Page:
With so many new faces that the Diggers are bringing up to the varsity level, there will be some adjustments made. But Freeman says his team already plays well together and has a good team bond.

“We like to play team ball with a lot of movement on offense,” he said. “We like to play tough man defense and our communication is something that can always get better.”

In the tough Mountain Rivers Conference, Freeman added that consistency was needed across the board in order to win their league this year.

A team who is not unfamiliar with winning conference championships is the Shelley Russets. However, the Russets will have their third coach in four seasons beginning this year with Wally Foster taking the reigns of the program.

The red and black lose the services of departed seniors Brady Hollist, Adam Driscoll, and Brennon Wattenbarger due to graduation, but as is usually the case at Shelley, there is no shortage of athletes or talent to work with – a great situation for a new coach to step into.

Returning for the Russets this season are senior mainstays Mason Price and Jack Thompson. They are joined by fellow seniors Kimball Smith, Stockton Cannon, Peyton Whitaker, Payton Nelson, and Austin Wattenbarger. Shelley brings back the most senior returning players of any team in the conference.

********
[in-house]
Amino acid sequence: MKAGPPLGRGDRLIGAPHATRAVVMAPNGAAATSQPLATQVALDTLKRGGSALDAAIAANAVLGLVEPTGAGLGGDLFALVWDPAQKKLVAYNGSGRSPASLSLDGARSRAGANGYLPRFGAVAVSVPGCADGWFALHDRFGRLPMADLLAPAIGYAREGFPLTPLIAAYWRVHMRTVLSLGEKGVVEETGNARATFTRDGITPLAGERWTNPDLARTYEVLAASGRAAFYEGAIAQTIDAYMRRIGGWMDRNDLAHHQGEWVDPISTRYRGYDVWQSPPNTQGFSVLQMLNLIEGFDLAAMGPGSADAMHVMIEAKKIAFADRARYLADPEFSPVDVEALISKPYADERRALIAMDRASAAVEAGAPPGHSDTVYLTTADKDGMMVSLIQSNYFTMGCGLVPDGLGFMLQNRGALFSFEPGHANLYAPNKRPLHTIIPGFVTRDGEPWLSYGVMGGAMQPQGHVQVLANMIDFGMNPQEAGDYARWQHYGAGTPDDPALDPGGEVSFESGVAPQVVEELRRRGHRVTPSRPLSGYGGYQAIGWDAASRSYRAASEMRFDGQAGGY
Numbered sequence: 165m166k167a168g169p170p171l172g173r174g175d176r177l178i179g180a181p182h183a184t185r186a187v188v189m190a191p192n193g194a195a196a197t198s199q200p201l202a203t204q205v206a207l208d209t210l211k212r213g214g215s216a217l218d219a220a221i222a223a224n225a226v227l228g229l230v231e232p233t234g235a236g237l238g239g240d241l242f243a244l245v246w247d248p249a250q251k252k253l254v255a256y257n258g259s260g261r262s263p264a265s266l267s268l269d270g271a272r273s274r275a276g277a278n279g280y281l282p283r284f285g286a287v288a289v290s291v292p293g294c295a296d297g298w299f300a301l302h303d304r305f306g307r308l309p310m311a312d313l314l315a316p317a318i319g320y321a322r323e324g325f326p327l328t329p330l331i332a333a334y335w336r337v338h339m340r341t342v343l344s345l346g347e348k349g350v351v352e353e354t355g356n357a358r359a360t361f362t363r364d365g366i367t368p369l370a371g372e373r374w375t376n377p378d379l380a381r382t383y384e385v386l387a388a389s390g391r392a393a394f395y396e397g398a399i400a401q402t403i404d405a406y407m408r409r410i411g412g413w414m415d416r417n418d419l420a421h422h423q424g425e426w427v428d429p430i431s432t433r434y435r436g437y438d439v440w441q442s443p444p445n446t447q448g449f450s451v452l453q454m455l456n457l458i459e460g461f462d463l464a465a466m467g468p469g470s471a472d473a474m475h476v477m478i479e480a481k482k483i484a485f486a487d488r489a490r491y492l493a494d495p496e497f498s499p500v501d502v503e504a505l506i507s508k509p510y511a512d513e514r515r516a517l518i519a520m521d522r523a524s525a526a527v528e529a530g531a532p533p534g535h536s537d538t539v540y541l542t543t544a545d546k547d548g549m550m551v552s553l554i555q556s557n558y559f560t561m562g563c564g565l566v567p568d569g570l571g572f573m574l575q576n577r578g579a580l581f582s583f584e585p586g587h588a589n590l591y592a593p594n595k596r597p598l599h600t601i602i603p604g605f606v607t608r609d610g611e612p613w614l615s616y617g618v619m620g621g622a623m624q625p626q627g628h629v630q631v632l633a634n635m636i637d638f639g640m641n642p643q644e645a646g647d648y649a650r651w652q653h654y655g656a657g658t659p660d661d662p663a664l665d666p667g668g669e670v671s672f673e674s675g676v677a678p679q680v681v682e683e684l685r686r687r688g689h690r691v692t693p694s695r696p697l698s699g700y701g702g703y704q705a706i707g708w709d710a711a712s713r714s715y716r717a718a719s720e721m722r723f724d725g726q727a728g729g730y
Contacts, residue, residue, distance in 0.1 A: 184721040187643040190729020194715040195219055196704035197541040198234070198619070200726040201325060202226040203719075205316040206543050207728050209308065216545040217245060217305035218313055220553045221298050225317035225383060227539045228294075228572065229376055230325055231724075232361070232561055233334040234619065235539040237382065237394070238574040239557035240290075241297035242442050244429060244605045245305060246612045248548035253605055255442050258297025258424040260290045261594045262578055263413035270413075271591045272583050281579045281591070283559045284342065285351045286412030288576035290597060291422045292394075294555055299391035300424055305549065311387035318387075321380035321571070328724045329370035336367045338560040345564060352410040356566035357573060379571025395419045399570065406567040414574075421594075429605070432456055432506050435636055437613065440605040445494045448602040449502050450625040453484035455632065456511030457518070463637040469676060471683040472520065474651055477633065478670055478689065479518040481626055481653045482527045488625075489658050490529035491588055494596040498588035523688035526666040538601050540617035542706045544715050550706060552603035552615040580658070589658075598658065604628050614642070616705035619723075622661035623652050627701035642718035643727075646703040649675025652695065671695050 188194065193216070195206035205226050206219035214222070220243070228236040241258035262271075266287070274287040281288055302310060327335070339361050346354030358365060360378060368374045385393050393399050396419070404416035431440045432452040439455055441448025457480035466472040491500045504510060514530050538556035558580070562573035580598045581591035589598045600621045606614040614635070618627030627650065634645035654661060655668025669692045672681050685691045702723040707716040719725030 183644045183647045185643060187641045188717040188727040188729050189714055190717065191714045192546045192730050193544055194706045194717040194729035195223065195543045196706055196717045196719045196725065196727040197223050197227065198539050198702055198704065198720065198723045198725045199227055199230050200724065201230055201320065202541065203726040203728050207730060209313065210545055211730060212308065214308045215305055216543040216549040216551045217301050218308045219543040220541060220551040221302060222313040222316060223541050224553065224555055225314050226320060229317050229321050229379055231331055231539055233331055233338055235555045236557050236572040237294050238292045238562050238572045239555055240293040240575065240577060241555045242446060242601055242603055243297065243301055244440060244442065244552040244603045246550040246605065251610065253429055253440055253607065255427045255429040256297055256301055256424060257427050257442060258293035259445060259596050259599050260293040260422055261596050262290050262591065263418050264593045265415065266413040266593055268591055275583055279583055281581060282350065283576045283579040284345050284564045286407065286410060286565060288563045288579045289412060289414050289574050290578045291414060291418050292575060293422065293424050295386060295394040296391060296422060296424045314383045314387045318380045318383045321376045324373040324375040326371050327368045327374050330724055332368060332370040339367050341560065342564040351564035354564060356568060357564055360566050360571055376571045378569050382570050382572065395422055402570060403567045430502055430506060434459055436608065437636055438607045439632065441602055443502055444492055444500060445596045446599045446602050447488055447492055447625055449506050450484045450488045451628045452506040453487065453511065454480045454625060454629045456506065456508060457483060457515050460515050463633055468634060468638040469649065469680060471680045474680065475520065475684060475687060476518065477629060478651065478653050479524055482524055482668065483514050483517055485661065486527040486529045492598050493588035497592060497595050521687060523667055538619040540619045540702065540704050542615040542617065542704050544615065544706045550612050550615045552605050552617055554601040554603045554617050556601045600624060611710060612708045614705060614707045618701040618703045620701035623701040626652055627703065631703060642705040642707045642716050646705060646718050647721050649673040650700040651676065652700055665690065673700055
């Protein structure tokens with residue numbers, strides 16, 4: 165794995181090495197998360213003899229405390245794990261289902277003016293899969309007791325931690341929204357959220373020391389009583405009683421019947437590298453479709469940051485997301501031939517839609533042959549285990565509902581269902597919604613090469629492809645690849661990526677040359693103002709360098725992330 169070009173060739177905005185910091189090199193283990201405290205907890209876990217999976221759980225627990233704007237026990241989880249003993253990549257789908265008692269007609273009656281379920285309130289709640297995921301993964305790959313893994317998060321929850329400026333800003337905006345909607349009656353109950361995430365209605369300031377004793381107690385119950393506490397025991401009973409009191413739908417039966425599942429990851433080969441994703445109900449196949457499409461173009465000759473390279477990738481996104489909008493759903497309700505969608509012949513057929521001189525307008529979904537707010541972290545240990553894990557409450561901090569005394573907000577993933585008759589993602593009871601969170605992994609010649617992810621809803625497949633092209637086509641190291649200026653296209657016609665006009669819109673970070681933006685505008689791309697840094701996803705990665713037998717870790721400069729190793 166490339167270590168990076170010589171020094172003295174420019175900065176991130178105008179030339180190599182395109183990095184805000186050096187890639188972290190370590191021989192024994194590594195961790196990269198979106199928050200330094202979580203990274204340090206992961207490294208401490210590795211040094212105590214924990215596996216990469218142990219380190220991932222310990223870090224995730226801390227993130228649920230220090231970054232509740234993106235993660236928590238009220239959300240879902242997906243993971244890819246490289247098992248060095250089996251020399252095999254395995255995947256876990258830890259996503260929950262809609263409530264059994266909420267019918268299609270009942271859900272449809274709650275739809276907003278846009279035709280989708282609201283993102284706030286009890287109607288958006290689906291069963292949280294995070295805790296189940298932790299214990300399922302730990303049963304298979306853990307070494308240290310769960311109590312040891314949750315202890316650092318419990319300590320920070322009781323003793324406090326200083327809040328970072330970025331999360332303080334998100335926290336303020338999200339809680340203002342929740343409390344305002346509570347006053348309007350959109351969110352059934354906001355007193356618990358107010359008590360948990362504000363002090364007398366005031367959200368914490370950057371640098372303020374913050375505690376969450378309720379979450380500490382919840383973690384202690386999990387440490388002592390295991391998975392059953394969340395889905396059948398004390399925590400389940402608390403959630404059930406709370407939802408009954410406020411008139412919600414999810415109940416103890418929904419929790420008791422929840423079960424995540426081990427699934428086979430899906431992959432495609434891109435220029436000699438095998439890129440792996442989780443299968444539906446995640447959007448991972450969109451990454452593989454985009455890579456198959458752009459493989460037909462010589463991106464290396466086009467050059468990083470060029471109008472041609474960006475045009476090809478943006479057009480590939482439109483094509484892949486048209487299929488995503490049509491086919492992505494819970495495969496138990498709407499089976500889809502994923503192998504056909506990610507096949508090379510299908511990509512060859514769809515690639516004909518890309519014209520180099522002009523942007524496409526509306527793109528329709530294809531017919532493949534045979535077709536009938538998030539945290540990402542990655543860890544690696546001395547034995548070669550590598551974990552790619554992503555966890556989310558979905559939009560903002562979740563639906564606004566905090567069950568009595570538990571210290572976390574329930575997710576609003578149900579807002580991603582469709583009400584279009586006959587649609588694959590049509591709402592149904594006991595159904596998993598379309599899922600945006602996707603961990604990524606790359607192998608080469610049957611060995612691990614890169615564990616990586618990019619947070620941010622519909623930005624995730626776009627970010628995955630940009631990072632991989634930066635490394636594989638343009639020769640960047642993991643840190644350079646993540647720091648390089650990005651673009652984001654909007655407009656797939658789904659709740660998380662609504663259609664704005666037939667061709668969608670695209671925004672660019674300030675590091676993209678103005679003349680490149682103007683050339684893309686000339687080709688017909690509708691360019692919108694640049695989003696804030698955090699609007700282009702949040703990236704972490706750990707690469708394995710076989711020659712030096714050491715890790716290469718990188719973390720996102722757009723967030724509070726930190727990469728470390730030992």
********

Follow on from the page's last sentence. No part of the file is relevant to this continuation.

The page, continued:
Shelley is also expecting big contributions from the junior class as well.

“Brandon McBride is a point guard that can be really explosive, quick, and intelligent with the ball,” said Foster. “Jake Wray is a guard that can really shoot the ball and Wyatt Remington is a quick, hard-nosed guard and a good shooter as well.”

With Foster being in his first season as head coach, there is plenty for him and his coaching staff to be excited about.

“I like our team chemistry,” he said. “We have a nice mix of size and speed and, if we put it together, I think we have the capability of being a very dynamic team.”

The coach added that his team possesses plenty of length and athleticism which should help their cause.

“Mason Price is super explosive as a scorer and defender, Kimball Smith should be a big impact player, and Jack Thompson is a player with a lot of varsity experience who is looking to have a great senior campaign.”

With the athletes that the Russets have to work with this season, Shelley isn’t afraid to play up-tempo by any means, but they also feel they have the versatility to slow the game down.